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Kroger’s driverless grocery delivery program moves ahead

Zoom in font  Zoom out font Published: 2018-12-19  Origin: ausfoodnews  Views: 12
Core Tip: Kroger is progressing its driverless grocery delivery pilot by moving this week to remove humans from the vehicles and going full-on with a self-driving “car”.
Kroger is progressing its driverless grocery delivery pilot by moving this week to remove humans from the vehicles and going full-on with a self-driving “car”.

Since August, the US grocery retailer has been working with robotics company Nuro, testing grocery delivery via autonomous vehicles in Arizona
The initial test-run completed close to one thousand deliveries. However, those were all done in self-driving Toyota Priuses, which still had a human in the car, presumably for safety reasons.

On Monday, Kroger removed the humans from the self-driving delivery model and replaced the Priuses with a new vehicle – Nuro’s autonomous R1. The R1 is a pod-looking vehicle that can only carry cargo with literally no place for a driver.

The two companies are calling this pilot expansion “the first-ever unmanned delivery service available to the general public,” which appears to be true, but it’s certainly not the only self-driving delivery service tests being run in the US right now.  Online grocer Farmstead has been running autonomous delivery trials and AutoX has been running its own driverless delivery tests.

Kroger and Nuro’s approach is a little different as it lies somewhere between traditional delivery cars and the newer, smaller-scale rover-style robots.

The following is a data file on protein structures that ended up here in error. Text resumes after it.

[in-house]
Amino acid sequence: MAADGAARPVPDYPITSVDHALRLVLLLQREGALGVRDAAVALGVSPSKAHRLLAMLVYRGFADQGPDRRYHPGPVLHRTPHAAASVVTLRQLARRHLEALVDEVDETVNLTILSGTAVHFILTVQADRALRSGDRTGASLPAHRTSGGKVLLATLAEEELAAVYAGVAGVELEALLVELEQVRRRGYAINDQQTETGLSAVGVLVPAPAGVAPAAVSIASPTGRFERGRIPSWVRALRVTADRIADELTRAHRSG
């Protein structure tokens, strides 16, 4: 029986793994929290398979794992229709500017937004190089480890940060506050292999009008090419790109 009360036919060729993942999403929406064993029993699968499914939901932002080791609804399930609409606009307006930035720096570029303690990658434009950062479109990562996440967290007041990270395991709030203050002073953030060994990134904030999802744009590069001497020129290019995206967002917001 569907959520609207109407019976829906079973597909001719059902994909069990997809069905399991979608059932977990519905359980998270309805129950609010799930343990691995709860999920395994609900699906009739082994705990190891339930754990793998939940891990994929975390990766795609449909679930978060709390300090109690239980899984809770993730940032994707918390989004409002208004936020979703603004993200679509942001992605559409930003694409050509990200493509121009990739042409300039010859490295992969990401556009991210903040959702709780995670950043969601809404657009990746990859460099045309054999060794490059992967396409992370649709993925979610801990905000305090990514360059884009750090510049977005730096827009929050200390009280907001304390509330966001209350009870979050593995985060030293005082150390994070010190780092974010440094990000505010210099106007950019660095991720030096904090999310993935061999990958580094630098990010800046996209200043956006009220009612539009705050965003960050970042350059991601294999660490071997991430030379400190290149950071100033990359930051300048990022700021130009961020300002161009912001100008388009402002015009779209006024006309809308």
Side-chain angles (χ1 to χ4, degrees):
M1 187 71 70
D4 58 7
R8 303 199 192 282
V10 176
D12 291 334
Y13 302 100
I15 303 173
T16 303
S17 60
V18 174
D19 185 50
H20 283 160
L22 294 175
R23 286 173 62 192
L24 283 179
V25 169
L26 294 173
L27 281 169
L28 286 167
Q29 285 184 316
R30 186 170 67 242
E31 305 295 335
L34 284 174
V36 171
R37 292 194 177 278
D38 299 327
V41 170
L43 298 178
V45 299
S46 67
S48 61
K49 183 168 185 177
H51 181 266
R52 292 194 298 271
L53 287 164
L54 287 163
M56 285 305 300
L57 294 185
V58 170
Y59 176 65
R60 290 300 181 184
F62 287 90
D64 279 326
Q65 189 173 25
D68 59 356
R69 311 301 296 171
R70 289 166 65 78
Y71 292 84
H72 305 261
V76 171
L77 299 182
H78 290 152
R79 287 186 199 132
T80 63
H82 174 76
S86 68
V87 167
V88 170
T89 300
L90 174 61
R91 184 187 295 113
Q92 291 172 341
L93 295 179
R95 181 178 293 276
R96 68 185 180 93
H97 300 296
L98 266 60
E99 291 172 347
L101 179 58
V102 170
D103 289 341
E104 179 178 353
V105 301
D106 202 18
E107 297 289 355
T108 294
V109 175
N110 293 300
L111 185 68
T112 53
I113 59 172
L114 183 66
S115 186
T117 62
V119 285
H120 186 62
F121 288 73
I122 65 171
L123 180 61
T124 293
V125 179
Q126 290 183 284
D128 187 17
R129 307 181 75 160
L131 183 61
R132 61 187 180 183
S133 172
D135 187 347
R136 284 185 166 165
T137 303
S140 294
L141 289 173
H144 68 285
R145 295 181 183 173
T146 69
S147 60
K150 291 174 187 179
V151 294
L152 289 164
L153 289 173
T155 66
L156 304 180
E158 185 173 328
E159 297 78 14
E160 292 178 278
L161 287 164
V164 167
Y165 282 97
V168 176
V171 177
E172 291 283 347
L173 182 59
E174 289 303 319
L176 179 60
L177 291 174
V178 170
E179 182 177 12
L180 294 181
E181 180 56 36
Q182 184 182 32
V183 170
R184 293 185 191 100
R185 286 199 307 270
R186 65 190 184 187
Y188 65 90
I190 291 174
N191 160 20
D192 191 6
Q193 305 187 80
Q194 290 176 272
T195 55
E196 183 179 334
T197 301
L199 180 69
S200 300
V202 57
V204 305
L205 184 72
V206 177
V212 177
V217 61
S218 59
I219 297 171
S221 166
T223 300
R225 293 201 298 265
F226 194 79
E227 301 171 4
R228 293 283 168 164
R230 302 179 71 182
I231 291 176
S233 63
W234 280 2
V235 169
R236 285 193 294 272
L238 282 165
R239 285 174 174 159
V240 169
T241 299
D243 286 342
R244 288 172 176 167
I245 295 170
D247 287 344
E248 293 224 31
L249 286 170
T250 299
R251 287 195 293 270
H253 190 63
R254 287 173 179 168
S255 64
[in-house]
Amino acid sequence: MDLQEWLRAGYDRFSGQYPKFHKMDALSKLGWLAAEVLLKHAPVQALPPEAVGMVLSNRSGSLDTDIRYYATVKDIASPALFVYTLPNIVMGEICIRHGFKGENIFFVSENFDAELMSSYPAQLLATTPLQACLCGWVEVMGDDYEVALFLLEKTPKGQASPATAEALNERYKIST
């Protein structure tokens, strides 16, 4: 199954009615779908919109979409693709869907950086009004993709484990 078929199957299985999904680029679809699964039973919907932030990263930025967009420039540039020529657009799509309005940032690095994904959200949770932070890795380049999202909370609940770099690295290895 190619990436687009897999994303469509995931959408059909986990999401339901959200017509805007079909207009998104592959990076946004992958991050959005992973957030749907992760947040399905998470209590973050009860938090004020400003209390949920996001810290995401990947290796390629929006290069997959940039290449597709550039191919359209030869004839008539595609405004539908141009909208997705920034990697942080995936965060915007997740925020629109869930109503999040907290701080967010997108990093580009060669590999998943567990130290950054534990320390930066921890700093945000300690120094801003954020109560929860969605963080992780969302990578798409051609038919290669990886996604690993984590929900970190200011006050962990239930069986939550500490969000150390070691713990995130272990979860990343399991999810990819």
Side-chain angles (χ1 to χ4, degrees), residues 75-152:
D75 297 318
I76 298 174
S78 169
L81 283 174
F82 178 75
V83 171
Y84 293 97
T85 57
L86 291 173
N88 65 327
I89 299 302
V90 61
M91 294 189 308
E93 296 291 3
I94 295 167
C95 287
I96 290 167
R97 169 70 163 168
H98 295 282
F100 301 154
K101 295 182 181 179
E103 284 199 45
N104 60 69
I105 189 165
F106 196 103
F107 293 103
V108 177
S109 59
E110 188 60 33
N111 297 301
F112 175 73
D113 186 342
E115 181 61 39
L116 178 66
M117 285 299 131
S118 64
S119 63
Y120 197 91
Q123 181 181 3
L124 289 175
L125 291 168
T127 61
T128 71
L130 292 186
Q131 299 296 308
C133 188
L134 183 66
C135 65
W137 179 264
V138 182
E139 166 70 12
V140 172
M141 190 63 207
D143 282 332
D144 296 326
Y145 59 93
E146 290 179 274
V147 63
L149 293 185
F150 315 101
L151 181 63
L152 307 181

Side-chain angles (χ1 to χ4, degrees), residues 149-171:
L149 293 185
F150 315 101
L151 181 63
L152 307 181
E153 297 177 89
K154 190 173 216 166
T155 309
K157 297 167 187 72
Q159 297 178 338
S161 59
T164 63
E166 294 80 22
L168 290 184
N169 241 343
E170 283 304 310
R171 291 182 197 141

As noted earlier, the R1 is a completely unmanned vehicle and only transports goods. It travels at less than 40kmph and is half the width of a regular car.

This means it can be more nimble than a traditional full-size car when navigating traffic and pedestrians, but it also can’t travel as fast, limiting the delivery radius.

Kroger and Nuro are still in the midst of testing, and full autonomous delivery vehicles are still a ways off as the technology needs to improve and city and state regulations need to be developed to keep up with the technology.

But at the moment customers can place delivery orders immediately, for delivery 7 days a week via a website or mobile app. Grocery orders can be scheduled for same-day or next-day delivery by Nuro’s fleet of self-driving vehicles and cost a $US5.95 flat fee; no minimum order.
 
 
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